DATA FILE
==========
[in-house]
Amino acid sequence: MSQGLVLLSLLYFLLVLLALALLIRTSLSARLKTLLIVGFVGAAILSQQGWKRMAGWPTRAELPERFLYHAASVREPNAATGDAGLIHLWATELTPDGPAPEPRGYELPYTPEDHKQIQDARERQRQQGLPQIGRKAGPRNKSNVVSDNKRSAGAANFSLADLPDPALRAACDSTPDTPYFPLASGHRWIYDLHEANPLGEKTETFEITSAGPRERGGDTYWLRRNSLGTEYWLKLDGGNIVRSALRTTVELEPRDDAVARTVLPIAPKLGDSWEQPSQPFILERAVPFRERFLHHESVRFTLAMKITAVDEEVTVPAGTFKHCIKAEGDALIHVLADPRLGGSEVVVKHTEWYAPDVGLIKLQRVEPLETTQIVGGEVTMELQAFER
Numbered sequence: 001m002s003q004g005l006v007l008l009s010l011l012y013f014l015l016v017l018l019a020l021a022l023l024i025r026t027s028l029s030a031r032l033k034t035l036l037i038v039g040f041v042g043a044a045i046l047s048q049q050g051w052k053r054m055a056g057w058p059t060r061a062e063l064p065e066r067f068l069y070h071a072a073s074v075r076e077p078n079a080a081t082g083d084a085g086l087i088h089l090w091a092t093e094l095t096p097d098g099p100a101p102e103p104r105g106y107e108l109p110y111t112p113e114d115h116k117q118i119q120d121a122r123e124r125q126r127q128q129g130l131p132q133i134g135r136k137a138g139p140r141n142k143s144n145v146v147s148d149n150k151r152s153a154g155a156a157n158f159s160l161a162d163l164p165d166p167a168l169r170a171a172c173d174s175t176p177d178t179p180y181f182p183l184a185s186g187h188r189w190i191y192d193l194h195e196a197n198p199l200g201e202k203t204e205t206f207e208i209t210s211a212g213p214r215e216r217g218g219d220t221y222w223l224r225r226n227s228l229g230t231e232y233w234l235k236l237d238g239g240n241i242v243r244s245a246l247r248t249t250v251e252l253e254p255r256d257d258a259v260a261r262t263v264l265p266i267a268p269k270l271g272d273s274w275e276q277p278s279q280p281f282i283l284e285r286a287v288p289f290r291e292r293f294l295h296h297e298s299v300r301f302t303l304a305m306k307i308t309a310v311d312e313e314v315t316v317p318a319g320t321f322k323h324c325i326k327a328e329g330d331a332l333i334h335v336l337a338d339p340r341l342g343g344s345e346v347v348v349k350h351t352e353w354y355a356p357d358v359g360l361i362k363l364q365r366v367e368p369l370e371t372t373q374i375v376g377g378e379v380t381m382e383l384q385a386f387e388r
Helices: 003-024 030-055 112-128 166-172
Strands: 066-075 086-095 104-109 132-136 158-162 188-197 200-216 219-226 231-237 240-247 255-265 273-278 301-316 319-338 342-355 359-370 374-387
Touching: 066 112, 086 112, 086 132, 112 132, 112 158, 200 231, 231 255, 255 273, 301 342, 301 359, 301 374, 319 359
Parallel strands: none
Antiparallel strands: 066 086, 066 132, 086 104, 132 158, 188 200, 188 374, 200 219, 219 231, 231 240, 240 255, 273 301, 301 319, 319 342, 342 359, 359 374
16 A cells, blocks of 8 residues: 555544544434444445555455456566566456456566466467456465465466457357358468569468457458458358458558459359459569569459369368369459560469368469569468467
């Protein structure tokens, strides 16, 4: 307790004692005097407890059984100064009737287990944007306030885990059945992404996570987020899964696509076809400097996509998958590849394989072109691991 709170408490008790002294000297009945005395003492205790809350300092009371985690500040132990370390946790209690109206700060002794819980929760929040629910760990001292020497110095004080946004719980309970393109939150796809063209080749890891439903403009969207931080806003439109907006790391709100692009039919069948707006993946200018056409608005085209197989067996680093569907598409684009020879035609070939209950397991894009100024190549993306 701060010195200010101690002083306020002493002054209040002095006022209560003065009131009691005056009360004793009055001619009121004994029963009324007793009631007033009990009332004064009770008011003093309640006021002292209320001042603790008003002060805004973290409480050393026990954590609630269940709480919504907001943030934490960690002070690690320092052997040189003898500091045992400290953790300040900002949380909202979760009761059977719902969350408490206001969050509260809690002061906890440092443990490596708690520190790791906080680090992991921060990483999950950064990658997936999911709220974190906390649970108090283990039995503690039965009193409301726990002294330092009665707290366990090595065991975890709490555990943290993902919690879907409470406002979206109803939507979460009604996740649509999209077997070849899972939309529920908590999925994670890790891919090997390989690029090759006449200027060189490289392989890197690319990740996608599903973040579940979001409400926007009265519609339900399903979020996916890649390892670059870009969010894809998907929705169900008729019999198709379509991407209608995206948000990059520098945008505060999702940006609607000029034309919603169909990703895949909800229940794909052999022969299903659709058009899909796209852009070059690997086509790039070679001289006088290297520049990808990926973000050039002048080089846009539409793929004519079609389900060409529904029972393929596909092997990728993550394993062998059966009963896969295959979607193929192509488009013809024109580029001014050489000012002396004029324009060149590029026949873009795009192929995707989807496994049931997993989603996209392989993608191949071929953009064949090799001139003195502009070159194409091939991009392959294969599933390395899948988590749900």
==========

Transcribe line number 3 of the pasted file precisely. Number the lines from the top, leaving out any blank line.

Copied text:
Numbered sequence: 001m002s003q004g005l006v007l008l009s010l011l012y013f014l015l016v017l018l019a020l021a022l023l024i025r026t027s028l029s030a031r032l033k034t035l036l037i038v039g040f041v042g043a044a045i046l047s048q049q050g051w052k053r054m055a056g057w058p059t060r061a062e063l064p065e066r067f068l069y070h071a072a073s074v075r076e077p078n079a080a081t082g083d084a085g086l087i088h089l090w091a092t093e094l095t096p097d098g099p100a101p102e103p104r105g106y107e108l109p110y111t112p113e114d115h116k117q118i119q120d121a122r123e124r125q126r127q128q129g130l131p132q133i134g135r136k137a138g139p140r141n142k143s144n145v146v147s148d149n150k151r152s153a154g155a156a157n158f159s160l161a162d163l164p165d166p167a168l169r170a171a172c173d174s175t176p177d178t179p180y181f182p183l184a185s186g187h188r189w190i191y192d193l194h195e196a197n198p199l200g201e202k203t204e205t206f207e208i209t210s211a212g213p214r215e216r217g218g219d220t221y222w223l224r225r226n227s228l229g230t231e232y233w234l235k236l237d238g239g240n241i242v243r244s245a246l247r248t249t250v251e252l253e254p255r256d257d258a259v260a261r262t263v264l265p266i267a268p269k270l271g272d273s274w275e276q277p278s279q280p281f282i283l284e285r286a287v288p289f290r291e292r293f294l295h296h297e298s299v300r301f302t303l304a305m306k307i308t309a310v311d312e313e314v315t316v317p318a319g320t321f322k323h324c325i326k327a328e329g330d331a332l333i334h335v336l337a338d339p340r341l342g343g344s345e346v347v348v349k350h351t352e353w354y355a356p357d358v359g360l361i362k363l364q365r366v367e368p369l370e371t372t373q374i375v376g377g378e379v380t381m382e383l384q385a386f387e388r